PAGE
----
- Lens of War: Exploring Iconic Photographs of the Civil War ed. by J. Matthew Gallman and Gary W. Gallagher
For this project, the editors invited historians to reflect on a single Civil War photograph. Twenty-eight images and reflections are collected here, [End Page 449] in a nine-by-nine-inch format that allows for excellent reproduction of even the larger-format photographs. These are grouped into five categories by subject: leaders, soldiers, civilians, victims, and places.
To some extent, the kind of reflection lines up with the kind of subject. Portraits, as we might expect, elicit considerations of photography’s capacity to reveal character. For Harold Holzer, a particular photograph of Lincoln taken by Alexander Gardner on November 11, 1863, shows the president at the height of his powers more clearly than several others taken earlier that November. Holzer argues that it was the sculptor Sarah Ames who persuaded Lincoln to enter the studio one more time so that she could obtain photographic models for her proposed bust, and that this context more fully brought out Lincoln’s character. In the pairing of Grant and Lee, Joan Waugh finds that Grant’s face at Cold Harbor in 1864 displays his confidence in the ultimate Union victory, even if the photograph was likely staged, while Ethan Rafuse sees in a little-known field photograph of Lee from the fall of 1864 a weariness that better-known studio photographs missed. By contrast, Kathryn Meier explains the uncharacteristic “sternness” of Stonewall Jackson’s Chancellorsville portrait, according to his wife’s memoir, as a momentary response to a strong wind (55). The Confederate guerrilla Champ Ferguson, a self-acknowledged “stone-cold killer,” “looks to be a gentle soul” in a prison photograph, in Daniel Sutherland’s view (98–99). In an interesting take on the convention that portraiture reveals essence, Aaron Sheehan-Dean selects an image of five Union soldiers sitting with their backs to the camera, looking out over their camp. Their humble pose, Sheehan-Dean argues, humanizes them while the fact that we do not see their faces dehumanizes them: “This was a tension that every enlisted man struggled against” (72).
Other kinds of responses cut across categories, however. A few historians identify photographs as synecdoches for some larger aspect of the war, as for example when Gallagher reads Jeb Stuart’s “romantic” 1862 portrait as an explanatory emblem of “Confederate military failure” (38). None accomplishes this kind of reflection more brilliantly than Stephen Berry, who finds “the whole of the war in a single tableau” staged by George Barnard in a deserted Atlanta street in 1864 (216). The tableau depicts an African American in military uniform (likely a cook or a teamster, since the United States Colored Troops did not operate in Atlanta) who is sitting and reading a book, gun by his side, leaning his back against a building that bears the sign “Auction & Negro Sales.” Berry goes on to connect the iconography of book and gun to postwar history, invoking Richard Wright, Martin Luther King Jr., and Malcolm X. [End Page 450]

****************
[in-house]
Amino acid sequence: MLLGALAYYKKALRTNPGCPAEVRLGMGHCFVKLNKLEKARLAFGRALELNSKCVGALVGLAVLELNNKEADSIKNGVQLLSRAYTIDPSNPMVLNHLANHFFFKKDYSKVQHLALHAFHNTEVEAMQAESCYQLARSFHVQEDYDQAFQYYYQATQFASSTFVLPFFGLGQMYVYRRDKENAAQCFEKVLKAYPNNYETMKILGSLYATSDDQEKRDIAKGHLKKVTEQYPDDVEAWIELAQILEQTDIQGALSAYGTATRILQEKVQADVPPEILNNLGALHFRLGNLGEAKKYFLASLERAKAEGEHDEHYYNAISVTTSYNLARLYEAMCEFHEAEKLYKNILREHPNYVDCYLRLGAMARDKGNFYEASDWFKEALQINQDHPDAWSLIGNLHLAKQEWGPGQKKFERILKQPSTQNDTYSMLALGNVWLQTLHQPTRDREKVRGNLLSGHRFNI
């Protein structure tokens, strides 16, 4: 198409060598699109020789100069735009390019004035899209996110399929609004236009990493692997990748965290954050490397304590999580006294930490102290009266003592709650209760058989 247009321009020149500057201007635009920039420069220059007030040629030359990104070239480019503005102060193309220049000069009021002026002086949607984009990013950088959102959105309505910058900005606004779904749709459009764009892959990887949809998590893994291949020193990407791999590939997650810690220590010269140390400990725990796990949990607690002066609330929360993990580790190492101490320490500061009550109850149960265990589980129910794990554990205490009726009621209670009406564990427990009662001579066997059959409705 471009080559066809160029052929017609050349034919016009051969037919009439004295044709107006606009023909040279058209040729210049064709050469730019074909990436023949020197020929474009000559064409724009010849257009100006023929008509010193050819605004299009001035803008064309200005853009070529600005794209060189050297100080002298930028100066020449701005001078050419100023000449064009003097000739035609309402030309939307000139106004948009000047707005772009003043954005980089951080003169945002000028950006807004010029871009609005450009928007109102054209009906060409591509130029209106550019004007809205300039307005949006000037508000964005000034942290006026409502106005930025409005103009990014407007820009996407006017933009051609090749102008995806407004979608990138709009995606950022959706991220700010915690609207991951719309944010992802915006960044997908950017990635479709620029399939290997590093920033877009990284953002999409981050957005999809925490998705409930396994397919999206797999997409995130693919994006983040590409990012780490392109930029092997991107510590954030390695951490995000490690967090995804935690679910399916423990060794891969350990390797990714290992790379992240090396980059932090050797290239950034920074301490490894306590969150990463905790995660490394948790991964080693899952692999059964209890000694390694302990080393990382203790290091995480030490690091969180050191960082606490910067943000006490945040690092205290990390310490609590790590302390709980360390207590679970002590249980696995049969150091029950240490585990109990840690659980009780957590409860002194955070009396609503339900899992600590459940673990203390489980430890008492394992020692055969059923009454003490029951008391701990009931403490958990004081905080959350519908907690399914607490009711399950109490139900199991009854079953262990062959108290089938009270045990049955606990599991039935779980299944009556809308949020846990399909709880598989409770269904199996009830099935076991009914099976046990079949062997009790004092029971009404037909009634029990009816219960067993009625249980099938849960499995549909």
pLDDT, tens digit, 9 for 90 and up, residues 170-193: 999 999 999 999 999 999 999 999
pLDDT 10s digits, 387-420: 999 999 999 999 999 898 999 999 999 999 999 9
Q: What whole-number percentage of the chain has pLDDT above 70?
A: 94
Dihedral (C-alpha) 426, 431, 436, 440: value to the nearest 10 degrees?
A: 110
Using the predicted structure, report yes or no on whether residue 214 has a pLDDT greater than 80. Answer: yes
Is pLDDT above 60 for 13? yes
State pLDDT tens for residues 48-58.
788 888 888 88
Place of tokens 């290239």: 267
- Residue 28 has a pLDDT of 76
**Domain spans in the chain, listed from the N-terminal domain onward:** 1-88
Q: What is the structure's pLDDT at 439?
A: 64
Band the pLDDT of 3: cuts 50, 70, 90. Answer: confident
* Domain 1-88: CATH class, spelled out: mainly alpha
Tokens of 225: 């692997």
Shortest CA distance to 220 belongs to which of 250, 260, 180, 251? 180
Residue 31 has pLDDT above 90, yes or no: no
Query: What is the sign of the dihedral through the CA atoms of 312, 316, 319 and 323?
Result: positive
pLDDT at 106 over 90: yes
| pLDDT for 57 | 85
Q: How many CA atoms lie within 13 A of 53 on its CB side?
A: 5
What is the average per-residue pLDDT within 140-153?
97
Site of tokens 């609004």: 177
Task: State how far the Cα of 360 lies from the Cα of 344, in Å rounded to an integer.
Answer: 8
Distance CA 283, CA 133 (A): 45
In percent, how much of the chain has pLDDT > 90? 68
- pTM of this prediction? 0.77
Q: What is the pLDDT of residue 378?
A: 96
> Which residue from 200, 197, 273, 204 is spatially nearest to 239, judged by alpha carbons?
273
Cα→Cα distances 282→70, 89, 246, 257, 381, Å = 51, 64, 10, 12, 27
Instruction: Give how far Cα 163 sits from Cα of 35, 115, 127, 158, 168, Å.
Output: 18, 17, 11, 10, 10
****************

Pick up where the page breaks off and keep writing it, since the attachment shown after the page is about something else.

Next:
Other scholars find occasions to review a particular, sometimes neglected theme of Civil War history. Reflecting on Alexander Gardner’s remarkable photograph from Antietam of a dead horse who remained in a graceful, lifelike pose, James Robertson Jr. reminds us of the importance of horses during the war. From an image of a soldier posing beside a woman, three children, and a dog, Caroline E. Janney reviews the largely forgotten history of family life in camp. Susan Eva O’Donovan finds “two images inside one” in Timothy O’Sullivan’s 1862 photograph of five African Americans fording the Rappahannock River with their ox-drawn wagon in the presence of Union troops (145). The two races do not look at each other or even acknowledge each other’s presence (except for the teenage boy, who seems to eye the soldiers warily). This apartness, O’Donovan argues, indicates slaves’ agency in taking their...